News  |  May 22, 2018

For your improvement projects, change management is literally the melted cheese on top of the casserole (for those who haven’t experienced it, the cheese is the best part!). I wish I had added change management to the mix years ago. No matter the scale of the change, big or small, you will be working with people. Understanding their behaviors and emotions associated with change will help you better engage in the process and lead change efforts in your agency.

According to Prosci’s An Introduction to Change Management Guide, change management is the application of a structured process and set of tools for leading the people side of change to achieve a desired outcome. Understanding the process of change, the emotions involved, and the predictable behaviors triggered is critical if you are improving processes or systems, innovating, changing behaviors or mindsets, or influencing policies.

The introduction guide states: “To move out of the current state, an individual needs awareness of the need for change and desire to participate and support the change. Successfully moving through the transition state requires knowledge on how to change and the ability to implement the required skills and behaviors. In the future state, they need ability and reinforcement to sustain the change.”

Prosci’s Individual Change Model, called ADKAR, explains the way individuals change through:

  • Awareness of the need for change
  • D - Desire to support the change
  • K - Knowledge of how to change
  • A - Ability to demonstrate new skills and behaviors
  • R - Reinforcement to make the change stick

This model helps you understand where to focus efforts during a change. Think about a current project or initiative in your agency. Does everyone know why the change is needed? Do they know why it needs to happen now? Do they understand the risks of not changing? If you answered "no" to any of these, think about how you might convey these messages to your staff in order to reduce resistance and help cultivate understanding and adoption.

Prosci’s Best Practices in Change Management report compiles 20 years of industry-leading research from change managers, project leaders and executives around the world into the largest body of change management research to date. It highlights how the success of your initiatives depends on how individuals in the organization embrace and adopt the changes. In addition, it emphasizes:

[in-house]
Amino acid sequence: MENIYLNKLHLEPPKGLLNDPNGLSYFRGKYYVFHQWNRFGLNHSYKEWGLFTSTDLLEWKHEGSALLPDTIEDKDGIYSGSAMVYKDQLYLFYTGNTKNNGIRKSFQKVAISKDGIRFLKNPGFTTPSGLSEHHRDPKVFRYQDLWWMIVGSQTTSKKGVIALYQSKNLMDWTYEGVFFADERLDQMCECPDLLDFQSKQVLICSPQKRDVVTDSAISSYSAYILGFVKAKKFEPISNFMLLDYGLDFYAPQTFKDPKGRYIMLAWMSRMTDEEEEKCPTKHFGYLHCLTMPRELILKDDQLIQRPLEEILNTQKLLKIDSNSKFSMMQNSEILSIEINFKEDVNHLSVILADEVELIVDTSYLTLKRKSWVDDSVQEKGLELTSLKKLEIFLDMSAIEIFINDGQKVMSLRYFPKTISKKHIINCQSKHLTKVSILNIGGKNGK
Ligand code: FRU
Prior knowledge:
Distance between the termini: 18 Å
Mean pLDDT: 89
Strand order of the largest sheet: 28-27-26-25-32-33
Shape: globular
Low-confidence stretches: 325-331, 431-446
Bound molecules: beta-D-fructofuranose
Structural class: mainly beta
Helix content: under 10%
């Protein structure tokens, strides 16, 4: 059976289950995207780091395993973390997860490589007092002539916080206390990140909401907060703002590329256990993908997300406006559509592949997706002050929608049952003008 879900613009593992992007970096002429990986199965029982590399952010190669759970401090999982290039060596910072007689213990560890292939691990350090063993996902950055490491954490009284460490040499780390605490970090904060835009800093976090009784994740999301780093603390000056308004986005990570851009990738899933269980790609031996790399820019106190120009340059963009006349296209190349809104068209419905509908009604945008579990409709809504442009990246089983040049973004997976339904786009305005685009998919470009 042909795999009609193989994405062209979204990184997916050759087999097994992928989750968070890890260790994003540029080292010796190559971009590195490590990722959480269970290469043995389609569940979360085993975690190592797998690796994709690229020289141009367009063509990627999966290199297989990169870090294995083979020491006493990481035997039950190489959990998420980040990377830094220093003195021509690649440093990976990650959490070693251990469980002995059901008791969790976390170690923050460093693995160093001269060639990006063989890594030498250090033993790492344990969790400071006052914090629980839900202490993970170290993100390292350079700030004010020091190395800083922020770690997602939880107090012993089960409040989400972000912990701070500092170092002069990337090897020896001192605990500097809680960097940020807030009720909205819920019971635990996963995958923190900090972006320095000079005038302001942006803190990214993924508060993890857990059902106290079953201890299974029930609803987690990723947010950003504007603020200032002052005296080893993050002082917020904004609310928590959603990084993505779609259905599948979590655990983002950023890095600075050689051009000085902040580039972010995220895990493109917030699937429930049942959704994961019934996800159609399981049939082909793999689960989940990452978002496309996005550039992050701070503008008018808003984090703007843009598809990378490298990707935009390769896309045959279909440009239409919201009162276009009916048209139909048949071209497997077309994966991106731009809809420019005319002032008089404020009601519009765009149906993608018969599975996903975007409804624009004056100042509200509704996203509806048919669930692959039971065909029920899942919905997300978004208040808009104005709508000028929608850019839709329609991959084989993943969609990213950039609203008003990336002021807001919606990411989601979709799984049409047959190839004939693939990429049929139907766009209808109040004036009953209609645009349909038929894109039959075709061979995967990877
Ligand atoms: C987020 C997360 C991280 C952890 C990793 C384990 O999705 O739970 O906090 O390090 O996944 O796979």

• Change management is both a process and a competency.
  • Change management happens at three levels: for individuals, on a project, and across an enterprise.
  • The change management process is broken down into:
    • preparing for change (which ensures that questions like “why are we making this change?” are answered);
    • managing change (creating plans and using ADKAR to execute the plans); and
    • reinforcing change (celebrating success and measuring performance to ensure you don’t backslide).
  • Initiatives with excellent change management are six times more likely to meet objectives than those with poor change management.

At the Colorado Department of Public Health and Environment (CDPHE), we are fortunate to have a strong partnership with our sister agency, the Colorado Department of Transportation (CDOT), that embarked on their own change management journey several years ago. This partnership has helped CDPHE work to increase our skills and abilities around change management by:

  • Purchasing an organizational license from Prosci enabling the department leaders and staff to access change management assessments, resources, training and tools.
  • Supporting staff to complete the 3-day Change Management Practitioner class (through Prosci or CDOT’s training program). This increased the number of CDPHE leaders with advanced skills and knowledge available for projects and initiatives.
  • Offering change management assessments and components (like communication plans and extra focus on reinforcing changes) to quality improvement (QI)/Lean projects.
  • Providing new training opportunities like the "Introduction to Change Management" class available for all staff, and the "Leading Change" class for supervisors and managers. Change management workshops and trainings have also been delivered upon request to teams and partners.

These efforts help ensure staff have the change management skills necessary for today’s workforce, which is one of the strategic skills called out in the National Consortium for Public Health Workforce Development Report: A Call to Action. So, if you’re trying to make changes, or simply work with human beings, you won’t regret increasing your competence and confidence in the people side of change. As with the cheese blanketing our casserole, change management is the elemental ingredient you can’t afford to leave out; it goes well with other methods and techniques you are already cooking with in your agency.

More cheese, please.

  • Join the Public Sector Change Management Group (contact michelle.malloy@state.co.us to be added to the distribution list).
  • Go to the Prosci website for resources, webinars, and training opportunities.
  • Read Switch (by Dan and Chip Heath), ADKAR: A Model for Change (Jeffrey Hiatt), Employee’s Survival Guide to Change (Jeffrey Hiatt), Leading Change or Accelerate (John Kotter), and People Before Things (Chris Laping).